AIM: Early intervention programs for first-episode psychosis have led to the awareness that the period before onset of a first episode is important in light of early intervention. This has induced a focus on the so-called 'at risk mental state' (ARMS). Individuals with ARMS are at increased risk for later psychotic disorder, but also for other psychiatric disorders as well as poor psychosocial functioning. Thus, adequate detection and treatment of ARMS is essential.
METHODS: Since 2018, screening for and treatment of ARMS is recommended standard care in the Netherlands. Implementation is still ongoing. We initiated a naturalistic long-term cohort study of ARMS individuals, the onset and transition of and recovery from adverse development (OnTheROAD) study, with the aim to monitor course and outcome of symptoms and psychosocial functioning over time, as well as patterns of comorbidity and associations with factors of risk and resilience. To this end, participants complete a broad battery of instruments at baseline and yearly follow-up assessments up to 3 years. Outcome is defined in terms of symptom severity level, functioning and quality of life. In particular, we aim to investigate the impact of negative symptoms as part of the ARMS concept. Results from this study can aid in refining the existing ARMS criteria, understanding the developmental course of ARMS and investigating the hypothesized pluripotentiality in outcome of ARMS. New knowledge may inform the further development of specialized early interventions.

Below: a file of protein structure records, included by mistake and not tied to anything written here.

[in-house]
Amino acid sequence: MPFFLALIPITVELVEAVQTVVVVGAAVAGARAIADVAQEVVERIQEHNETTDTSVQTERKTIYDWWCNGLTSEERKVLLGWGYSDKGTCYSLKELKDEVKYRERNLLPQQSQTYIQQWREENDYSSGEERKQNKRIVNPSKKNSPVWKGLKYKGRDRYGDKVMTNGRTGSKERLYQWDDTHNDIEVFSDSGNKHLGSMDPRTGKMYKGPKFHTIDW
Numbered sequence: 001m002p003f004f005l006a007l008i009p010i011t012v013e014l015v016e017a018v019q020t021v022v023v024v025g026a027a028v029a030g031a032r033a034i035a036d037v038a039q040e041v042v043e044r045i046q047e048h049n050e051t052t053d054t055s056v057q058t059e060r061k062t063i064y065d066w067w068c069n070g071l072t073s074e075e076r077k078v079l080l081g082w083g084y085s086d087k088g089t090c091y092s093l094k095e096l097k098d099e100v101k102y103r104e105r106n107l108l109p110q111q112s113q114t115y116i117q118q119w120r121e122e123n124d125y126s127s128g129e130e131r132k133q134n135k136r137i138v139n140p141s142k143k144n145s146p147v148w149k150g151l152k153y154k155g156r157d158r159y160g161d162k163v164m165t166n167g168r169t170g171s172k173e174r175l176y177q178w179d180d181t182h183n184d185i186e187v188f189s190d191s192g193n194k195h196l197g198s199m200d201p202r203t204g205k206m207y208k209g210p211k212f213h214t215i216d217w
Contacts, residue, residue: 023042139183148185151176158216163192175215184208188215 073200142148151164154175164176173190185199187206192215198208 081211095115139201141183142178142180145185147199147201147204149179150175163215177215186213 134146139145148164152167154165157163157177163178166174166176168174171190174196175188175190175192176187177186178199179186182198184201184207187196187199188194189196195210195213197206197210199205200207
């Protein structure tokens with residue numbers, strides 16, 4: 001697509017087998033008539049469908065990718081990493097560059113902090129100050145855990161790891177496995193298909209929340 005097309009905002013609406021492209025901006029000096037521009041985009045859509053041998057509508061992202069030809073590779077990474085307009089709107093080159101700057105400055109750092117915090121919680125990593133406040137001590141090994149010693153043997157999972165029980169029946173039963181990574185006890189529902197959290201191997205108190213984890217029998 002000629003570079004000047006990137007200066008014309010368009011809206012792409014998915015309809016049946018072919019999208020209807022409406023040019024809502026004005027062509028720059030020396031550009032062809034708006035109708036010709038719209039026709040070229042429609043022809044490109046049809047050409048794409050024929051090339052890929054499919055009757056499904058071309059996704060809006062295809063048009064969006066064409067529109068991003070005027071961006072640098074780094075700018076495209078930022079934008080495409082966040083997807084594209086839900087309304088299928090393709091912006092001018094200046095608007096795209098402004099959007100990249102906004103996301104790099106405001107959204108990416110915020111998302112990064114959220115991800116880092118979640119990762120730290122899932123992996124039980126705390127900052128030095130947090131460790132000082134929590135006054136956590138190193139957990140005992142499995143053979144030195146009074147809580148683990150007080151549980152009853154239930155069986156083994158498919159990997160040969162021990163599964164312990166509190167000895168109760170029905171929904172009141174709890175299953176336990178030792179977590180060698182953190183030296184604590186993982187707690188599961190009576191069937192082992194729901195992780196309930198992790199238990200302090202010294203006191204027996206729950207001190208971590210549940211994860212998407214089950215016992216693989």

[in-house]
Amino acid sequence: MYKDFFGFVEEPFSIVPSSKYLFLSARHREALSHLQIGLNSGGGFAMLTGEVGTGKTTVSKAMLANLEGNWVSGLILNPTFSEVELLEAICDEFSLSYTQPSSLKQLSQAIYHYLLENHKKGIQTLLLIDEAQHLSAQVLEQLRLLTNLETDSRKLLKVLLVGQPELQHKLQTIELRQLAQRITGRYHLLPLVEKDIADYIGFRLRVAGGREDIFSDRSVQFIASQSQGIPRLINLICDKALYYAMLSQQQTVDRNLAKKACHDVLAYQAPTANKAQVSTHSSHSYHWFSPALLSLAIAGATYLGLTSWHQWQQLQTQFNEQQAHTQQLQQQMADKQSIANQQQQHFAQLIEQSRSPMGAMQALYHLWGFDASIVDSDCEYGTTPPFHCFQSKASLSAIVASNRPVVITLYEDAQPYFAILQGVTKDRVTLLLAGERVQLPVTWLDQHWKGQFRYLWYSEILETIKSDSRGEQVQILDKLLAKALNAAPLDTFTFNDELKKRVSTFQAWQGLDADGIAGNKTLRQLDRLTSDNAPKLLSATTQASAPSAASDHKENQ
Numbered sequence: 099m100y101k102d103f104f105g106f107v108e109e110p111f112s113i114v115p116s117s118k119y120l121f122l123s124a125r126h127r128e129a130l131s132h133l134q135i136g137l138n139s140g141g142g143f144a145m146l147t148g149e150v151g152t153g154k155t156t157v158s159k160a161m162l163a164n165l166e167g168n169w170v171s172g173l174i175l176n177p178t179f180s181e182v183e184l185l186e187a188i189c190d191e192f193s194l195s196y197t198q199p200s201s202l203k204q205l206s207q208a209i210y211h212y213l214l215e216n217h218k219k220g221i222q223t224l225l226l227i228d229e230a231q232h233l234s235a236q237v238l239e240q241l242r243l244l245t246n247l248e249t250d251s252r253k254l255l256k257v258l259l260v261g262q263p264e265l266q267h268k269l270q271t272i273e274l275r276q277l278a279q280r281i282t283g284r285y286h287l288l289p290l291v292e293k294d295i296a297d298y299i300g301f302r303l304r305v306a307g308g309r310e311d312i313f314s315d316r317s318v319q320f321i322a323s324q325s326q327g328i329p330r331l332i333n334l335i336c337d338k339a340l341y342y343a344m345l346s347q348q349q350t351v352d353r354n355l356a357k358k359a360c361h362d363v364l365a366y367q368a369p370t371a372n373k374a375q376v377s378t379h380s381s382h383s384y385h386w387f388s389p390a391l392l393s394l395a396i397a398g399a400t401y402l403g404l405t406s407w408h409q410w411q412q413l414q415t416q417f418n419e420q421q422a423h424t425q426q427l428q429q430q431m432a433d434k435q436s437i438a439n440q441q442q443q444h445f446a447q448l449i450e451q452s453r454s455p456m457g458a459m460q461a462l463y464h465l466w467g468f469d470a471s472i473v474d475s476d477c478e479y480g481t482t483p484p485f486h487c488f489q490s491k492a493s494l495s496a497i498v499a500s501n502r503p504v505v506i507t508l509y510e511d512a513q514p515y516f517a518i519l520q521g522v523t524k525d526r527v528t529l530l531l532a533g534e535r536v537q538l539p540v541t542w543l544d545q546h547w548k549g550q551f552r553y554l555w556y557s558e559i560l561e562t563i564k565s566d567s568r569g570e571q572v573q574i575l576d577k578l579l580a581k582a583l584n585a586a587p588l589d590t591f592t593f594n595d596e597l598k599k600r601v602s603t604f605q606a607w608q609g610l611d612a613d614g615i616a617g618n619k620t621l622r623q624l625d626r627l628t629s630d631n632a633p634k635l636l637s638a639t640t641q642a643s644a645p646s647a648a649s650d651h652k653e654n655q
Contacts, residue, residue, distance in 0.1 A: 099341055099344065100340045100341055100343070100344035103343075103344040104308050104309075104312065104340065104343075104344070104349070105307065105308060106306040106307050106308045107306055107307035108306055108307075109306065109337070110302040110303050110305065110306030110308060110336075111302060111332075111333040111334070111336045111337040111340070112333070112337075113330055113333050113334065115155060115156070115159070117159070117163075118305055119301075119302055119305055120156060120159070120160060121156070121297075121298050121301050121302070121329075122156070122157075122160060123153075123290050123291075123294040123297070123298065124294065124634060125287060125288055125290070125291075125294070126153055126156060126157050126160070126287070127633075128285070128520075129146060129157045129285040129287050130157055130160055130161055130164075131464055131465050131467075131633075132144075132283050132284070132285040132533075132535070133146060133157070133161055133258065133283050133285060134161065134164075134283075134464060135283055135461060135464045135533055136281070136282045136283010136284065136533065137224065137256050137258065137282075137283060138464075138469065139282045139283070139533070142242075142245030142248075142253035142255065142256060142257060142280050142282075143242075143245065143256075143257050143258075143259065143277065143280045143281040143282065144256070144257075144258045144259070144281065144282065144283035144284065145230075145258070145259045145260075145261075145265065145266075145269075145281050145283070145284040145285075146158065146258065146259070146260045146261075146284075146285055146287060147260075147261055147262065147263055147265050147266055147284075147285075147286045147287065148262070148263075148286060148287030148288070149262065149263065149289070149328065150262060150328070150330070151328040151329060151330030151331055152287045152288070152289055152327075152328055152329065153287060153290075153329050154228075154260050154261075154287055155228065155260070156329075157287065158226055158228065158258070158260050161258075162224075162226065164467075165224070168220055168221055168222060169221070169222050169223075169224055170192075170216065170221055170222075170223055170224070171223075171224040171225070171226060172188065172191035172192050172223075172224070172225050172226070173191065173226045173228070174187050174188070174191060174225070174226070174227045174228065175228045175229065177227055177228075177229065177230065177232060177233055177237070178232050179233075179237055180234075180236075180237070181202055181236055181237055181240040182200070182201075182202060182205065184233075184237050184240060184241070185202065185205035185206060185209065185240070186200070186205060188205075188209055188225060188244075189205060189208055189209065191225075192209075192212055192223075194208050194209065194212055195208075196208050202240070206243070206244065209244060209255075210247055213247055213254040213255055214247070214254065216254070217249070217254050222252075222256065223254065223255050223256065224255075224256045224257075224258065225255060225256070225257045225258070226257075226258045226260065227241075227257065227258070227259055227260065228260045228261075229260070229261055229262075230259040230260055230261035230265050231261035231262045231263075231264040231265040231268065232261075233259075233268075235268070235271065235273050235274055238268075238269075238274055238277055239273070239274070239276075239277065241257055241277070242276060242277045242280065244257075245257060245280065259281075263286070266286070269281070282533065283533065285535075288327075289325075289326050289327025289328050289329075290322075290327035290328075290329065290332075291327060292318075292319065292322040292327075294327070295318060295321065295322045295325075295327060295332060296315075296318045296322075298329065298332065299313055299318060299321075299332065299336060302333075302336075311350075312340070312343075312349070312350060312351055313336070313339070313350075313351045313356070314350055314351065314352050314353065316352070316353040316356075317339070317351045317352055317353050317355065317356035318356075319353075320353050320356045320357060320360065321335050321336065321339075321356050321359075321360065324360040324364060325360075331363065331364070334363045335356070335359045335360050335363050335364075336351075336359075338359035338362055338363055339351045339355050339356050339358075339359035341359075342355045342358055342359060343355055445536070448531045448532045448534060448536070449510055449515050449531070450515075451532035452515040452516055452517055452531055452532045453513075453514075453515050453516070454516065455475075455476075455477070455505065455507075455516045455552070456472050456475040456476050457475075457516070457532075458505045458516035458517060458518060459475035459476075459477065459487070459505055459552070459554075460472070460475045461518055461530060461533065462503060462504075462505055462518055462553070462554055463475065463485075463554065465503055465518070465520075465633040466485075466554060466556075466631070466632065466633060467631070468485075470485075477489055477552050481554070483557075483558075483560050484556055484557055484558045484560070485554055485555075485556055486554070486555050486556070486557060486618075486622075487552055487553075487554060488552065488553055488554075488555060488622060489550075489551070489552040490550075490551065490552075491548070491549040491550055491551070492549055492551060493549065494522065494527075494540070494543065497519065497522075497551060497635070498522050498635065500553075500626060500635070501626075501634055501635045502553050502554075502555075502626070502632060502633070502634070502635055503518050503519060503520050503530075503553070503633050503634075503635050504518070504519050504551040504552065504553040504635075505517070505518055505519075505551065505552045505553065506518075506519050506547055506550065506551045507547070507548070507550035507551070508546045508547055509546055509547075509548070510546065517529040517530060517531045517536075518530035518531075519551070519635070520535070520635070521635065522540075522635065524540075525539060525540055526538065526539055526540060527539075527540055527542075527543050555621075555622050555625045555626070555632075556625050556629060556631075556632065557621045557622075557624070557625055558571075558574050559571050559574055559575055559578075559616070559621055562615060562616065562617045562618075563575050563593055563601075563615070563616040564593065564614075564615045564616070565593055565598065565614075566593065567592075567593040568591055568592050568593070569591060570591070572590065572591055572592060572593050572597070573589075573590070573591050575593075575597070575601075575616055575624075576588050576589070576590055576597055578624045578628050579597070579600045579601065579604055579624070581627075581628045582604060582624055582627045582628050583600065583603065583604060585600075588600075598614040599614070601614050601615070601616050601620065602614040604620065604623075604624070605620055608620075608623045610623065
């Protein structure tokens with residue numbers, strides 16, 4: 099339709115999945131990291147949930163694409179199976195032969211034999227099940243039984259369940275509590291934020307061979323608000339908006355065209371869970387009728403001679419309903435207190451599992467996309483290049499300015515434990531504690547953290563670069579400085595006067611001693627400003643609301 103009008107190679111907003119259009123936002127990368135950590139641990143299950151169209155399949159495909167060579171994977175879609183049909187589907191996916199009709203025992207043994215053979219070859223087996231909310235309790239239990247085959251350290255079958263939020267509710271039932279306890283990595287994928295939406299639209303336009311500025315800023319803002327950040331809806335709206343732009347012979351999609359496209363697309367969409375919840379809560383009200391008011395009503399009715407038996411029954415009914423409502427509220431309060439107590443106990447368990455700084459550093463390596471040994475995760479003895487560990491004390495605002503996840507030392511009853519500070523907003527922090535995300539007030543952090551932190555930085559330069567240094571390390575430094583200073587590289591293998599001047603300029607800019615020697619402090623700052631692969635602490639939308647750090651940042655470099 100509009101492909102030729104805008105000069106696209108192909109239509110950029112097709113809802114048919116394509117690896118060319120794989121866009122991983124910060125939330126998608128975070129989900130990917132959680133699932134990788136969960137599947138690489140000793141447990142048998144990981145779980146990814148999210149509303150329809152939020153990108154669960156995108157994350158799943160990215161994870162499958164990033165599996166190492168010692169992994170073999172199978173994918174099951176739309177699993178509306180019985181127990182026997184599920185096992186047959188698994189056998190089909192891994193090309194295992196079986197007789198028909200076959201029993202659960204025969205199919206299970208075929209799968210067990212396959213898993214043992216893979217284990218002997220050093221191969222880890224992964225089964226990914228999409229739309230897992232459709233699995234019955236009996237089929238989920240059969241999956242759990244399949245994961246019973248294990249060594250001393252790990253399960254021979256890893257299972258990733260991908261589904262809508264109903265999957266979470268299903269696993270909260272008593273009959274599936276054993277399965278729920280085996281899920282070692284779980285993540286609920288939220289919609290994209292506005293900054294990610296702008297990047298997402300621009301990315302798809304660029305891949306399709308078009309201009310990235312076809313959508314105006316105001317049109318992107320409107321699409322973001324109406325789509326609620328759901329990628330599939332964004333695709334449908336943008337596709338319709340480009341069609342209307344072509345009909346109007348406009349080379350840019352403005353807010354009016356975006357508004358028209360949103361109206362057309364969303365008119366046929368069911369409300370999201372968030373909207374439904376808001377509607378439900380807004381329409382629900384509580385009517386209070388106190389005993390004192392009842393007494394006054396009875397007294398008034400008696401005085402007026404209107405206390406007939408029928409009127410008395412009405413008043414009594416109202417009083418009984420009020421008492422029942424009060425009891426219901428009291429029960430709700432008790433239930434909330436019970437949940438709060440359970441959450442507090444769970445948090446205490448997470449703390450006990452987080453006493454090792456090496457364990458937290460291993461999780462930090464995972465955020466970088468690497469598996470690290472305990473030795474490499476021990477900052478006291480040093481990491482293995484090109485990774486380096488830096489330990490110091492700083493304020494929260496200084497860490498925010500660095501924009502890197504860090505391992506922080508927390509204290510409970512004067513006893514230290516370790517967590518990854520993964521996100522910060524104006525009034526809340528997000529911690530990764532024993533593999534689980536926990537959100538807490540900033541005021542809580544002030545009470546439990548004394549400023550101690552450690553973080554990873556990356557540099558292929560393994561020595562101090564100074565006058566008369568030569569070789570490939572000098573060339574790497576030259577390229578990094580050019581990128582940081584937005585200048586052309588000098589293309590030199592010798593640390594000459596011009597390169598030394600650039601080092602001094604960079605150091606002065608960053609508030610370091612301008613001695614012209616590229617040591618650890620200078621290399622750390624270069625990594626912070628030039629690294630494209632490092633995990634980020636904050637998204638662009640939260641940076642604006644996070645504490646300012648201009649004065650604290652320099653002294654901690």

RESULTS AND CONCLUSIONS: In this article, we describe the rationale, outline and set-up of OnTheROAD.